Research has shown that any picture in which the subject is looking directly ahead will have eyes that appear to look at you no matter the angle from which it is viewed. This is because pictures are 2D representations of a 3D world. As such, our brains ignore the clues that remind it that we are looking at a flat object and focus instead on the dimensional illusion created by the representation of light in the picture. No matter the angle from which we see it, even if it is a very skewed view from the side, we'll perceive it as a cohesive picture oriented toward us.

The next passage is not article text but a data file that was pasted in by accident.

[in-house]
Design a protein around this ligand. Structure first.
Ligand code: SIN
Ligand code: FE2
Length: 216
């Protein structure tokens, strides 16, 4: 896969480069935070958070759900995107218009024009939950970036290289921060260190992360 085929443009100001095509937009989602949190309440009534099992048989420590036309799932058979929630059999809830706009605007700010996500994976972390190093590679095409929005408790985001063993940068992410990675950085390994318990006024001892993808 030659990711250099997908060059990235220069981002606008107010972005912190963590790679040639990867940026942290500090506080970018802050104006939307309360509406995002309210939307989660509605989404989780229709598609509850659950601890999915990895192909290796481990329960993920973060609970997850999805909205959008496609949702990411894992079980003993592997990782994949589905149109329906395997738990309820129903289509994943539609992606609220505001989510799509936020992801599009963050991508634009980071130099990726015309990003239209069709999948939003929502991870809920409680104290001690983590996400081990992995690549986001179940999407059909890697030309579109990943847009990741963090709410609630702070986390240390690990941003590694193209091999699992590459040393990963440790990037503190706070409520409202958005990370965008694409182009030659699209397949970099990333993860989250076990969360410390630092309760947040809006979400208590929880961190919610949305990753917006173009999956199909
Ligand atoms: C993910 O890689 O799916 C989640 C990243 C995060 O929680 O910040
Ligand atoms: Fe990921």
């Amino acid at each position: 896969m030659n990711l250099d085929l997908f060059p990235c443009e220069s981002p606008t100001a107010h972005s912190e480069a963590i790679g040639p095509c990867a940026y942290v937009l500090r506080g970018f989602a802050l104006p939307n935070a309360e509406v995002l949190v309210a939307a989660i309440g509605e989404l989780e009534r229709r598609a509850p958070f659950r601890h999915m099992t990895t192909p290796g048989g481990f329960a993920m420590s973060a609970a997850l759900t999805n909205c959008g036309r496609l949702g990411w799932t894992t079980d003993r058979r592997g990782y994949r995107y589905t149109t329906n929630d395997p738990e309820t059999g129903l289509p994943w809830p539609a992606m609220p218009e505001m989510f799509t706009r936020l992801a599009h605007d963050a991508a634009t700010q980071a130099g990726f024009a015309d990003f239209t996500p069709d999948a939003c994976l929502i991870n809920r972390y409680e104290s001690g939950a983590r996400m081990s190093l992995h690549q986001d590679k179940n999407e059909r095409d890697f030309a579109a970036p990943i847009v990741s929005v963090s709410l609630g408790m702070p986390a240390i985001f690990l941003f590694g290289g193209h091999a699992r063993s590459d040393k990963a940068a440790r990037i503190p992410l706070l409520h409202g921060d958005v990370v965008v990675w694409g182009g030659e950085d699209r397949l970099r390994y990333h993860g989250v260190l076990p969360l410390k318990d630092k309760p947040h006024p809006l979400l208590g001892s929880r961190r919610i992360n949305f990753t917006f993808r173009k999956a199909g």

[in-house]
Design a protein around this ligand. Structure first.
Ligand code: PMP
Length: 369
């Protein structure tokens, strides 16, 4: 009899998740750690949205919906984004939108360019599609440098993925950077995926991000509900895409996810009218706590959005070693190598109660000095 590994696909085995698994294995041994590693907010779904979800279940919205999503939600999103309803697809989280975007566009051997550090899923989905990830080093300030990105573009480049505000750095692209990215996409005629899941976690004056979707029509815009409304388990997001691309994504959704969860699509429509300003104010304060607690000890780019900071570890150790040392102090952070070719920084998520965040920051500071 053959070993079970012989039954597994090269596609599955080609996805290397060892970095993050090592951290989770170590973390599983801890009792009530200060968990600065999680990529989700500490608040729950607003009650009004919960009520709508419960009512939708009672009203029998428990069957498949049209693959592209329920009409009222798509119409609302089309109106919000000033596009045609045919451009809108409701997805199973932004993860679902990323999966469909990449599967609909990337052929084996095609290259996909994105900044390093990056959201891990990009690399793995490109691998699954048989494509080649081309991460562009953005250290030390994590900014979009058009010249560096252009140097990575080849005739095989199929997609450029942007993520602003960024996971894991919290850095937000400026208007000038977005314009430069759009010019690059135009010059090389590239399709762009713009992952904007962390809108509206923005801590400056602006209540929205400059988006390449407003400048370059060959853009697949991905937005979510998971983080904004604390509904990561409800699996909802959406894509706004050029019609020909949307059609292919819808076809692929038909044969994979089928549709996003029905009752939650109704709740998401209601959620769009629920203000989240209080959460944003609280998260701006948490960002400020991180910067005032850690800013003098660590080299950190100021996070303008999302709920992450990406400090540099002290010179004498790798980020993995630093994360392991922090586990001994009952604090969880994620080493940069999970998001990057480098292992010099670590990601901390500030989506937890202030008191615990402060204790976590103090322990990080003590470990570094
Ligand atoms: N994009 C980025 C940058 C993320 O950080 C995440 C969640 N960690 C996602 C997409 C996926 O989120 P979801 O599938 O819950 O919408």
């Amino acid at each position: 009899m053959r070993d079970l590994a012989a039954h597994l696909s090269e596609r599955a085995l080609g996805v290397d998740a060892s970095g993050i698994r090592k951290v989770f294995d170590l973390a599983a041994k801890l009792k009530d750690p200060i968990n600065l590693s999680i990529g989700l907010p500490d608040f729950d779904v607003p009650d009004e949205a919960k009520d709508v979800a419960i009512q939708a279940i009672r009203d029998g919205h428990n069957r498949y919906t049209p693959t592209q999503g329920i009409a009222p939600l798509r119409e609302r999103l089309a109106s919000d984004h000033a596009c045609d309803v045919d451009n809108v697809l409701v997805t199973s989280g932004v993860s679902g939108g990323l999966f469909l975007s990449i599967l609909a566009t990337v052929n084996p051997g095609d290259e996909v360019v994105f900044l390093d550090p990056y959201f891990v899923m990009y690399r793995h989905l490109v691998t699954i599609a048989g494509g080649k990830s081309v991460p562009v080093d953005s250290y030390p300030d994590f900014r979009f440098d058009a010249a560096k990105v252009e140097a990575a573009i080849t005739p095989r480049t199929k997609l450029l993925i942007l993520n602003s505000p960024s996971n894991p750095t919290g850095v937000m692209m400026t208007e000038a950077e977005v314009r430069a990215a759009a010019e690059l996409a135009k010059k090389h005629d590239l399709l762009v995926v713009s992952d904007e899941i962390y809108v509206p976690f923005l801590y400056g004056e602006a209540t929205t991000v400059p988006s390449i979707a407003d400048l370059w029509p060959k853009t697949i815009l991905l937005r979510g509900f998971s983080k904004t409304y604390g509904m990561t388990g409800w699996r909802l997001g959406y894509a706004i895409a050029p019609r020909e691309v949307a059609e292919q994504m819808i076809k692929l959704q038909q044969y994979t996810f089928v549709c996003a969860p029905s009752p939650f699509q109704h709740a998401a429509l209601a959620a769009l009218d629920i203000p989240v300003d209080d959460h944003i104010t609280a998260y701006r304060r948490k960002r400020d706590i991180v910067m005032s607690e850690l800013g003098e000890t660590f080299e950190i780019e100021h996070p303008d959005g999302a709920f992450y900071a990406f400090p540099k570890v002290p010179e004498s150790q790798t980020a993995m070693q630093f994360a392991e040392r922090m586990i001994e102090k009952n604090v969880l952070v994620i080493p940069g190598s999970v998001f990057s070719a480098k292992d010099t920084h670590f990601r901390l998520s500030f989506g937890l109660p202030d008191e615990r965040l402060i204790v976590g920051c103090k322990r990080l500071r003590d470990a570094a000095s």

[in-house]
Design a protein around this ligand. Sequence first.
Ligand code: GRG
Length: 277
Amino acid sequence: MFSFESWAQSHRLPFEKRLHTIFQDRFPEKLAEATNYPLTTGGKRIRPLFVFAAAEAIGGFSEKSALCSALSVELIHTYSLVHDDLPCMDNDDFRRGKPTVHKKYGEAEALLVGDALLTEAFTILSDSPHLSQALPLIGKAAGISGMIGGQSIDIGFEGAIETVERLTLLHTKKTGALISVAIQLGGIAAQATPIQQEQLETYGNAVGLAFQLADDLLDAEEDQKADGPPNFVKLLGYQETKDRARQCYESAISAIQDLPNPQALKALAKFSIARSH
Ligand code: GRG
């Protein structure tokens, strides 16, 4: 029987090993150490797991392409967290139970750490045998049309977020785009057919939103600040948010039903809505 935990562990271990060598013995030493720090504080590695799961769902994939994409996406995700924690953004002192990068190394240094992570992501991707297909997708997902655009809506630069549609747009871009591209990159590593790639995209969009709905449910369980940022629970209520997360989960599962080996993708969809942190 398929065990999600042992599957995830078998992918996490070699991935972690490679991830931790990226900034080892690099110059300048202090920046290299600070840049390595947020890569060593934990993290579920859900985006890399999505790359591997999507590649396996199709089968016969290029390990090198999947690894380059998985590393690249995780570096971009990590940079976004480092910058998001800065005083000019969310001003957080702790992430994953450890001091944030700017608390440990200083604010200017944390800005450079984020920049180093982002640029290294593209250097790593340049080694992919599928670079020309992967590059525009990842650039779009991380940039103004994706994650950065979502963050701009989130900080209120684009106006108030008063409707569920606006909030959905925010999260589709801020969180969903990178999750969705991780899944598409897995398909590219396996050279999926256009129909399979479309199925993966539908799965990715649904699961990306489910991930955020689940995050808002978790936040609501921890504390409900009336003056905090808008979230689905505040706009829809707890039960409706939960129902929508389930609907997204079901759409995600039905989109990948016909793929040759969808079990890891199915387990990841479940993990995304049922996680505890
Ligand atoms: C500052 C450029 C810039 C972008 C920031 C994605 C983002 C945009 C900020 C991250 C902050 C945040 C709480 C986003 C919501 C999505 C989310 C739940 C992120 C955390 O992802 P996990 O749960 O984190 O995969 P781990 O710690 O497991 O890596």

The alteration I'm describing adds an actual 3D effect to the picture which is not consistent with the cohesive view, making it disturbing and, thus, creepier than a static picture with eyes that look directly forward. It works by receding the eyes below the surface of the picture. The depth of the eyes allows the edges of the eye sockets (which are not receded) to hide the whites on the side it is being viewed from, just as would happen if an actual person was turning their eyes toward you.
Step 1: Gathering the Stuff
a graphic file of your picture of a subject looking straight ahead
OR two prints of the same subject that are the same size and resolution
poster board or card stock
a sharp craft knife
markers or colored pencils
frame with or without mat - the effect is easier to see without the frame's glass